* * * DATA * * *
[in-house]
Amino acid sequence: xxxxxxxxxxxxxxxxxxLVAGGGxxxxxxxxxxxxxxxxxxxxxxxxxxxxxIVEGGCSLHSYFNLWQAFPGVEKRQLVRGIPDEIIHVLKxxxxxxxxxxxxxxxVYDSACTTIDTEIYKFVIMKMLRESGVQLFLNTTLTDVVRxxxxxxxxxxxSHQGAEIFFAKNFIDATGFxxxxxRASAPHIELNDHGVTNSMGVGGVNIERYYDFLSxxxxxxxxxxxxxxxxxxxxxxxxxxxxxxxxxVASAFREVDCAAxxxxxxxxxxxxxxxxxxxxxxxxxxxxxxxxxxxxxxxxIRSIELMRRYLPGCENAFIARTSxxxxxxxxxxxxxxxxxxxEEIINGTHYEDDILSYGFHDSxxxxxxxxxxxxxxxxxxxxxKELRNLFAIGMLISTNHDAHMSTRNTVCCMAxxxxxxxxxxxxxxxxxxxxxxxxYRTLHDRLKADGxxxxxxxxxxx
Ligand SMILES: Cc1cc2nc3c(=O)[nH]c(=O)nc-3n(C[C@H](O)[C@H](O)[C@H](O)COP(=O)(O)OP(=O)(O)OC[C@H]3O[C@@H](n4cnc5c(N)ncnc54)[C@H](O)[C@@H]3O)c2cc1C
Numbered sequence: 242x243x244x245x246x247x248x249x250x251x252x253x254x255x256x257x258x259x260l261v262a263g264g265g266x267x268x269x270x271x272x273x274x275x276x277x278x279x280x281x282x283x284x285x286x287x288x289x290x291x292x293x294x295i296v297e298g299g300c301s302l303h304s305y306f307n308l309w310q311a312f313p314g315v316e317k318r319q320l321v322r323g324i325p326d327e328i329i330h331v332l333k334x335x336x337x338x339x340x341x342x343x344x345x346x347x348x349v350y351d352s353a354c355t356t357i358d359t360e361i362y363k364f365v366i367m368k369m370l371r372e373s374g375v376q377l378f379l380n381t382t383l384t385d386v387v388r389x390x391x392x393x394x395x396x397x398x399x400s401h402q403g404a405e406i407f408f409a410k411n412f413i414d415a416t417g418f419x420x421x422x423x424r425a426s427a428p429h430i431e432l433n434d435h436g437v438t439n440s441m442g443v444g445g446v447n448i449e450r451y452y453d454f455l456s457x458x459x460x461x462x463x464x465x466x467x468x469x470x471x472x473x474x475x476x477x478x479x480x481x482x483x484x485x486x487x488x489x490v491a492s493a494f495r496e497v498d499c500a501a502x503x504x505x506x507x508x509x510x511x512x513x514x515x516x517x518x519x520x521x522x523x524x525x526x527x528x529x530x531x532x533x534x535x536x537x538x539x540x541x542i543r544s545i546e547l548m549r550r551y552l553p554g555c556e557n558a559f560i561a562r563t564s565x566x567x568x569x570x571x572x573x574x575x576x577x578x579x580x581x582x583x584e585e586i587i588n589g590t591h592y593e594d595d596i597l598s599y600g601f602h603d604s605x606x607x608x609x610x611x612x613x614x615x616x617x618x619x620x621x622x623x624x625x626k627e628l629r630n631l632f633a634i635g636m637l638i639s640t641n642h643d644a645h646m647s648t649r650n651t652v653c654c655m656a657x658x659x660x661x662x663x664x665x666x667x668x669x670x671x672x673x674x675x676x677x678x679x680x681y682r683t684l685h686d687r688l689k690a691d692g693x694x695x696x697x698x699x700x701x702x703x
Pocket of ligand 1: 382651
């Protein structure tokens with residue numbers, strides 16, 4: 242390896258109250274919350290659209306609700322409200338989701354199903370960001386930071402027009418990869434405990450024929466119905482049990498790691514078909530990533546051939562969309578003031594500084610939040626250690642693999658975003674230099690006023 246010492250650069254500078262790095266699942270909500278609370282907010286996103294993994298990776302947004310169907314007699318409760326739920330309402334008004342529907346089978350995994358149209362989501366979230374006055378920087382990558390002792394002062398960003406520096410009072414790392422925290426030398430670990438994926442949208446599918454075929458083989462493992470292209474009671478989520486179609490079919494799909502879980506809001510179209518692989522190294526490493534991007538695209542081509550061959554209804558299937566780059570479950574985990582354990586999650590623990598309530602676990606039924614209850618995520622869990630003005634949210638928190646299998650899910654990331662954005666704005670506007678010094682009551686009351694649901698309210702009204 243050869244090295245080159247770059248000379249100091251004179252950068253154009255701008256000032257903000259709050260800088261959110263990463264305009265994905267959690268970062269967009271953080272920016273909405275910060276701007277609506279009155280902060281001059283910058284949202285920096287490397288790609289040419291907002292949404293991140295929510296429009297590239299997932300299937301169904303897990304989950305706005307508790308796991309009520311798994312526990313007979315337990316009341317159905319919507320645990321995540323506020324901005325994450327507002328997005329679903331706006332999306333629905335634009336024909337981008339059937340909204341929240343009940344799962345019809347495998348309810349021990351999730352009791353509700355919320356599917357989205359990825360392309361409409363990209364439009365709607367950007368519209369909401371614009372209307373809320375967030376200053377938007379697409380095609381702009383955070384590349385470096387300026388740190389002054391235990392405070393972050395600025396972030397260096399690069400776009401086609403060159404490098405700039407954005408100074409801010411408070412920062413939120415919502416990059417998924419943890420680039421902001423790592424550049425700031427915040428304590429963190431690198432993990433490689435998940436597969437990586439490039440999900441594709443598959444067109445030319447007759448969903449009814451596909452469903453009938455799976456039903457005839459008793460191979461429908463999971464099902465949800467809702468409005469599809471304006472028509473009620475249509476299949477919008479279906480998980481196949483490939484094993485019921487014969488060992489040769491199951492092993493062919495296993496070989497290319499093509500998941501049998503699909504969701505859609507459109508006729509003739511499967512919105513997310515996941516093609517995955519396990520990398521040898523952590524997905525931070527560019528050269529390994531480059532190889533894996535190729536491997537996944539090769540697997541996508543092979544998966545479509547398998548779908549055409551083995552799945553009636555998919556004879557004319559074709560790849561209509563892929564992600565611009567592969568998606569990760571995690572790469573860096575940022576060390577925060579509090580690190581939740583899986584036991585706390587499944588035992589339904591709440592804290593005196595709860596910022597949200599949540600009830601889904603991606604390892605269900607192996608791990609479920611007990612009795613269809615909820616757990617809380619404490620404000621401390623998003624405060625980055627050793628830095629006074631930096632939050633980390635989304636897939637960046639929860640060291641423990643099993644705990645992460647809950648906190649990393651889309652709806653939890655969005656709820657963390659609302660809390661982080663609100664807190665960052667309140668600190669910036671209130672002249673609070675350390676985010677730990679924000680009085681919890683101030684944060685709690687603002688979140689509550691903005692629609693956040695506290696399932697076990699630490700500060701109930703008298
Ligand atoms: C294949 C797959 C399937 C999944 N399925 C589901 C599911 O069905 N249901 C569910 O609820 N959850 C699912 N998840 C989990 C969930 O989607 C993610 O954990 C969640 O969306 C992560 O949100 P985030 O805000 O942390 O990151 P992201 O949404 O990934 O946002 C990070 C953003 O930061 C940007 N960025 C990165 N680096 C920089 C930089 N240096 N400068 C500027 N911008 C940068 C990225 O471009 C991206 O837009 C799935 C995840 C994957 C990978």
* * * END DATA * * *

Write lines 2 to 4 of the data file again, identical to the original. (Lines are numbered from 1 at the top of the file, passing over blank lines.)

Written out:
Amino acid sequence: xxxxxxxxxxxxxxxxxxLVAGGGxxxxxxxxxxxxxxxxxxxxxxxxxxxxxIVEGGCSLHSYFNLWQAFPGVEKRQLVRGIPDEIIHVLKxxxxxxxxxxxxxxxVYDSACTTIDTEIYKFVIMKMLRESGVQLFLNTTLTDVVRxxxxxxxxxxxSHQGAEIFFAKNFIDATGFxxxxxRASAPHIELNDHGVTNSMGVGGVNIERYYDFLSxxxxxxxxxxxxxxxxxxxxxxxxxxxxxxxxxVASAFREVDCAAxxxxxxxxxxxxxxxxxxxxxxxxxxxxxxxxxxxxxxxxIRSIELMRRYLPGCENAFIARTSxxxxxxxxxxxxxxxxxxxEEIINGTHYEDDILSYGFHDSxxxxxxxxxxxxxxxxxxxxxKELRNLFAIGMLISTNHDAHMSTRNTVCCMAxxxxxxxxxxxxxxxxxxxxxxxxYRTLHDRLKADGxxxxxxxxxxx
Ligand SMILES: Cc1cc2nc3c(=O)[nH]c(=O)nc-3n(C[C@H](O)[C@H](O)[C@H](O)COP(=O)(O)OP(=O)(O)OC[C@H]3O[C@@H](n4cnc5c(N)ncnc54)[C@H](O)[C@@H]3O)c2cc1C
Numbered sequence: 242x243x244x245x246x247x248x249x250x251x252x253x254x255x256x257x258x259x260l261v262a263g264g265g266x267x268x269x270x271x272x273x274x275x276x277x278x279x280x281x282x283x284x285x286x287x288x289x290x291x292x293x294x295i296v297e298g299g300c301s302l303h304s305y306f307n308l309w310q311a312f313p314g315v316e317k318r319q320l321v322r323g324i325p326d327e328i329i330h331v332l333k334x335x336x337x338x339x340x341x342x343x344x345x346x347x348x349v350y351d352s353a354c355t356t357i358d359t360e361i362y363k364f365v366i367m368k369m370l371r372e373s374g375v376q377l378f379l380n381t382t383l384t385d386v387v388r389x390x391x392x393x394x395x396x397x398x399x400s401h402q403g404a405e406i407f408f409a410k411n412f413i414d415a416t417g418f419x420x421x422x423x424r425a426s427a428p429h430i431e432l433n434d435h436g437v438t439n440s441m442g443v444g445g446v447n448i449e450r451y452y453d454f455l456s457x458x459x460x461x462x463x464x465x466x467x468x469x470x471x472x473x474x475x476x477x478x479x480x481x482x483x484x485x486x487x488x489x490v491a492s493a494f495r496e497v498d499c500a501a502x503x504x505x506x507x508x509x510x511x512x513x514x515x516x517x518x519x520x521x522x523x524x525x526x527x528x529x530x531x532x533x534x535x536x537x538x539x540x541x542i543r544s545i546e547l548m549r550r551y552l553p554g555c556e557n558a559f560i561a562r563t564s565x566x567x568x569x570x571x572x573x574x575x576x577x578x579x580x581x582x583x584e585e586i587i588n589g590t591h592y593e594d595d596i597l598s599y600g601f602h603d604s605x606x607x608x609x610x611x612x613x614x615x616x617x618x619x620x621x622x623x624x625x626k627e628l629r630n631l632f633a634i635g636m637l638i639s640t641n642h643d644a645h646m647s648t649r650n651t652v653c654c655m656a657x658x659x660x661x662x663x664x665x666x667x668x669x670x671x672x673x674x675x676x677x678x679x680x681y682r683t684l685h686d687r688l689k690a691d692g693x694x695x696x697x698x699x700x701x702x703x